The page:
I didn’t take many notes during the game on Tuesday. That’s because there was exactly one penalty, and it was called on one of the Islanders.

Such a situation cries out for a little mischief. Part of me wanted to ask someone connected with the Sabres after the game, “Why was the penalty-killing unit so good tonight?” Then he could answer, “Yeah, we didn’t even give up a shot while short-handed – let alone a goal.” I probably could get away with it at a Bandits game, where the interviews are more informal and laughter isn’t out of place. But the Sabres are a little too focused on the present to think that way, and my sense of humor – especially with people who don’t know me – wouldn’t work so well.

Even so, one penalty is rather rare, even in these days where fighting has almost disappeared and the game is filled with more skill than it used to have. Back in the Seventies and Eighties, a game without penalties was called a “no-hitter” by the officials, who no doubt appreciated the easy night. Is it a better game without constant penalties? Probably so. The guys today are really good at hockey. It’s good to see them play it without interruption, and not sit in the penalty box.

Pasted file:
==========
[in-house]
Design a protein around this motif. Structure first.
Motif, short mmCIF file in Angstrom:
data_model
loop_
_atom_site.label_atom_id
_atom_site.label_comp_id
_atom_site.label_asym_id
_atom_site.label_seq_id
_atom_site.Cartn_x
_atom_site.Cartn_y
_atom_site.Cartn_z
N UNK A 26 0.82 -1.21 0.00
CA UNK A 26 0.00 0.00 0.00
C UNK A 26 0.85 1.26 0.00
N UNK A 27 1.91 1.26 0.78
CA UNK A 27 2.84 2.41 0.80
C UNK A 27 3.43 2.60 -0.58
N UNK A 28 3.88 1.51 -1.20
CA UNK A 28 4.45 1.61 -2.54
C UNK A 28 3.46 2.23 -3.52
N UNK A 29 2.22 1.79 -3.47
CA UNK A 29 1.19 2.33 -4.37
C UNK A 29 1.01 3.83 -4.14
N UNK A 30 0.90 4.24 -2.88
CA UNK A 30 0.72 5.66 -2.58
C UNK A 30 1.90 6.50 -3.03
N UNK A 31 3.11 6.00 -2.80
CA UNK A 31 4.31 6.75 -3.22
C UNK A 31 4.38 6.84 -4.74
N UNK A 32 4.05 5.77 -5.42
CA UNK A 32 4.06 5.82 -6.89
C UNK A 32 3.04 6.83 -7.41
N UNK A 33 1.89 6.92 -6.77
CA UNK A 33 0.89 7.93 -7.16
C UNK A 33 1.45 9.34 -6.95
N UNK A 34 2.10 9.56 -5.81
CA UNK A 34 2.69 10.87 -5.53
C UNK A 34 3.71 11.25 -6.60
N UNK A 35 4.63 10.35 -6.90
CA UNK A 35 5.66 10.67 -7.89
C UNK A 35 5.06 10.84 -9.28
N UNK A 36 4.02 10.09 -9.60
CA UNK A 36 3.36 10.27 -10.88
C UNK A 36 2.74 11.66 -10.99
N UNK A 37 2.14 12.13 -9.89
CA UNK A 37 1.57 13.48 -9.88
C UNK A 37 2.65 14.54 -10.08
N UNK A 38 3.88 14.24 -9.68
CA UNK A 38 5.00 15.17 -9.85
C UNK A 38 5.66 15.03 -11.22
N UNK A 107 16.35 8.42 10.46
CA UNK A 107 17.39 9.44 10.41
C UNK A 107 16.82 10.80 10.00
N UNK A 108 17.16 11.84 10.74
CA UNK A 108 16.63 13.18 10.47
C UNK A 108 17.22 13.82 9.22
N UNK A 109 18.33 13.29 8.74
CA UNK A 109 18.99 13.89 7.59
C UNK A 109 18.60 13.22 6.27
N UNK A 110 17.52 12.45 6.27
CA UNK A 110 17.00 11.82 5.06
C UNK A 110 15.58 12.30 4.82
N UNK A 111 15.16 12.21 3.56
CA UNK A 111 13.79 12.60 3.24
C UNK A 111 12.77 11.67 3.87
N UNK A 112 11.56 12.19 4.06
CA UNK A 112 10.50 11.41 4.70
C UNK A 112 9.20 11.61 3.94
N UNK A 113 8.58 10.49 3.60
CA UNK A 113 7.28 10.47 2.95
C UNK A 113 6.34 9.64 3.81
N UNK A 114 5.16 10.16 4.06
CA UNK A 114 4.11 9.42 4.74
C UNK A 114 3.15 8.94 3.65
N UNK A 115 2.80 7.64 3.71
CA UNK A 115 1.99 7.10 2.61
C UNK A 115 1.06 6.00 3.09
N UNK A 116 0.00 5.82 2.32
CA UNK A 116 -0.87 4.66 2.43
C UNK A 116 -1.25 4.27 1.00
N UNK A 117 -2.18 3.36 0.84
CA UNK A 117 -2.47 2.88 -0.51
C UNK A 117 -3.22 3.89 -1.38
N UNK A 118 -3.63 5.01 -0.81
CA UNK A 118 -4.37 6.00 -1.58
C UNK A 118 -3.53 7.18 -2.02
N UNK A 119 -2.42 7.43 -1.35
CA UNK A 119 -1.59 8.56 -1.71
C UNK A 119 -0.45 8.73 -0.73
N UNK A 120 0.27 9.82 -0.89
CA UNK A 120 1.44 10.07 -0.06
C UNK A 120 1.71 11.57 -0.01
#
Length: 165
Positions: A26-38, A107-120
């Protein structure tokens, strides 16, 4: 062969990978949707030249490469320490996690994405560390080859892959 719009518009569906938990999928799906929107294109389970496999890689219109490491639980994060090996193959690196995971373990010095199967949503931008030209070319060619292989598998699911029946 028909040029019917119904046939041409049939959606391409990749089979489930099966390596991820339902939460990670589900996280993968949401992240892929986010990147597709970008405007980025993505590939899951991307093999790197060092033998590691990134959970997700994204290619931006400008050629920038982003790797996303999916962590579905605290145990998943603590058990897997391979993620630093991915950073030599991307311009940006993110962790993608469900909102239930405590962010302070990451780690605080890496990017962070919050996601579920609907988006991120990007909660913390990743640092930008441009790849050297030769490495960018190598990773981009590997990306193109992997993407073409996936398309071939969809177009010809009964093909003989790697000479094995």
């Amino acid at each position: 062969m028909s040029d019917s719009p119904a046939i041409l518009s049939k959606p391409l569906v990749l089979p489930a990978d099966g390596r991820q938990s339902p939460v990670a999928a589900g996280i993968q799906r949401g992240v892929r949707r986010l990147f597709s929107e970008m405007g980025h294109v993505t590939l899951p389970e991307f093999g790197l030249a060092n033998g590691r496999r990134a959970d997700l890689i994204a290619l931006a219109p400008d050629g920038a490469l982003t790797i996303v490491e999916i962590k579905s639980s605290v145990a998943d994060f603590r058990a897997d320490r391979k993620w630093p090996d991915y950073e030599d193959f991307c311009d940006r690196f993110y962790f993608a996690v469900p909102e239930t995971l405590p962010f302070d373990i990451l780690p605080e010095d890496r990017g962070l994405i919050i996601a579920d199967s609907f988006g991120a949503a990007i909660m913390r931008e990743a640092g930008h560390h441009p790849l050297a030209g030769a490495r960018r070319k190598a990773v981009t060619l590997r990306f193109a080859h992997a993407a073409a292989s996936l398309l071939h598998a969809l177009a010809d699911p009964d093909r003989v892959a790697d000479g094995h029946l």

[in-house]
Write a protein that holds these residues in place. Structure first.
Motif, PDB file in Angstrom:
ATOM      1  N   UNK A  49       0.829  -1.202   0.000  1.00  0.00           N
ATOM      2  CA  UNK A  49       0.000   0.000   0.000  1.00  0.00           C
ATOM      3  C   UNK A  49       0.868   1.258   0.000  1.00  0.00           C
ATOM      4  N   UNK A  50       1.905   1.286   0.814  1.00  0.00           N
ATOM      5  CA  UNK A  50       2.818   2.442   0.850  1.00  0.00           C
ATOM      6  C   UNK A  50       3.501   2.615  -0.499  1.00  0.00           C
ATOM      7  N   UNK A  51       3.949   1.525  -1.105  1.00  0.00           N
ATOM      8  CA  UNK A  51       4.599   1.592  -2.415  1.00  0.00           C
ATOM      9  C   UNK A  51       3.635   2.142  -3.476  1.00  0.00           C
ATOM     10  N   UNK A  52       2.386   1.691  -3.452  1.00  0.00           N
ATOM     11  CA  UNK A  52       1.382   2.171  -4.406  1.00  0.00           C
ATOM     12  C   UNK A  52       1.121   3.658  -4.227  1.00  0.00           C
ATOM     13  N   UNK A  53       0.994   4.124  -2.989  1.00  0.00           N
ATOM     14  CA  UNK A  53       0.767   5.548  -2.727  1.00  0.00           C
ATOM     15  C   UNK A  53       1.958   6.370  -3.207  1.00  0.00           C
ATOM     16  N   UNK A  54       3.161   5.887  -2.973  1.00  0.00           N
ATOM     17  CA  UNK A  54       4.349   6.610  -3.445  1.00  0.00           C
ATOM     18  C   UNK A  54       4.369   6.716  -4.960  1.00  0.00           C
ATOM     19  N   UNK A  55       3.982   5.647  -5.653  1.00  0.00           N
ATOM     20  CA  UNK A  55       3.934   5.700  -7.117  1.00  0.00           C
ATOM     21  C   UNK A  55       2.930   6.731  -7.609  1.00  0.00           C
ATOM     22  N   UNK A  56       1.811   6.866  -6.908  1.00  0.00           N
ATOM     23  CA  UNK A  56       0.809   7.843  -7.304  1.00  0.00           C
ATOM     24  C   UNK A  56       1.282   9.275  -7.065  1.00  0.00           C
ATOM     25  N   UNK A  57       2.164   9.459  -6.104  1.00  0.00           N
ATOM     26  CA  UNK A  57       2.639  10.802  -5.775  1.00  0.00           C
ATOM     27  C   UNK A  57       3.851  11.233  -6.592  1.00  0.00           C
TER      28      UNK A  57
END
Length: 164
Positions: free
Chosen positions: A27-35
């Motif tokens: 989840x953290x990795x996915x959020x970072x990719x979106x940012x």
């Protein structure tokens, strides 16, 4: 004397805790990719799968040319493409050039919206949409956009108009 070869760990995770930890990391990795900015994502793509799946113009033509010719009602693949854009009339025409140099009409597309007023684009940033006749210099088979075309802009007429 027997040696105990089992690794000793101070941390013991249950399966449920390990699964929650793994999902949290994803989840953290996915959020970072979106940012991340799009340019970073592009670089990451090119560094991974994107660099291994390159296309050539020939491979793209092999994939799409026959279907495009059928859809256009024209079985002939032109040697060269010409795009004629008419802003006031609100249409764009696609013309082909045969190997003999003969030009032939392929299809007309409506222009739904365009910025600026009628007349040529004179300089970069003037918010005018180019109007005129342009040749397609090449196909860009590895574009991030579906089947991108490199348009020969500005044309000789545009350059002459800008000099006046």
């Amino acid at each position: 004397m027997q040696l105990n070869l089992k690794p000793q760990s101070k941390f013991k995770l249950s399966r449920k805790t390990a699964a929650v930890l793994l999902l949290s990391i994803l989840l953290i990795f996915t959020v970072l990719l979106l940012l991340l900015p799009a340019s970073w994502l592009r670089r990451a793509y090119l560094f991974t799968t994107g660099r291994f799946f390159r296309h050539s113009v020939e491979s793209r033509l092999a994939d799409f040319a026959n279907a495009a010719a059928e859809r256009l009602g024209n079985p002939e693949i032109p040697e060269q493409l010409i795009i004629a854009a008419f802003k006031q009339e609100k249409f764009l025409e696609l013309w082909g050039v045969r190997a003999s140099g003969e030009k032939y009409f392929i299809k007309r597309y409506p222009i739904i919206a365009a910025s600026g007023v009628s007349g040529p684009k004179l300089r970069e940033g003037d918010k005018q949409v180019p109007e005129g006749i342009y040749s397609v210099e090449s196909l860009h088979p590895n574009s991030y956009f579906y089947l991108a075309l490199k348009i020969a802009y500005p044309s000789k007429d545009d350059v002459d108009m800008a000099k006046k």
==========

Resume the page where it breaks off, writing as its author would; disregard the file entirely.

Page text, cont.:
Speaking of unsaid questions, the Sabres’ third goal led to a couple of such unvoiced queries. In the final minutes, Kyle Okposo’s shot dribbled through Robin Lehner’s equipment and crawled toward the net. Lehner was too far away to get to it, so it was going to be a goal.

Then Johan Larsson came along and slammed the puck into the net. He might have made contact with the puck about four inches away from the goal line.

At some level, any goal is appreciated in that situation. Still, the human side comes up. I wanted to ask Okposo, “Are you going to give Larsson some good-natured “grief” for stealing your goal?” And I wanted to ask Larsson, “Have you ever had a shorter goal?”

Again, the answers would have been straight-forward and perhaps not appreciated, so the questions went unasked. In the right situation, an offbeat question can bring an interesting response from an interview subject. But, sometimes you just have to keep quiet.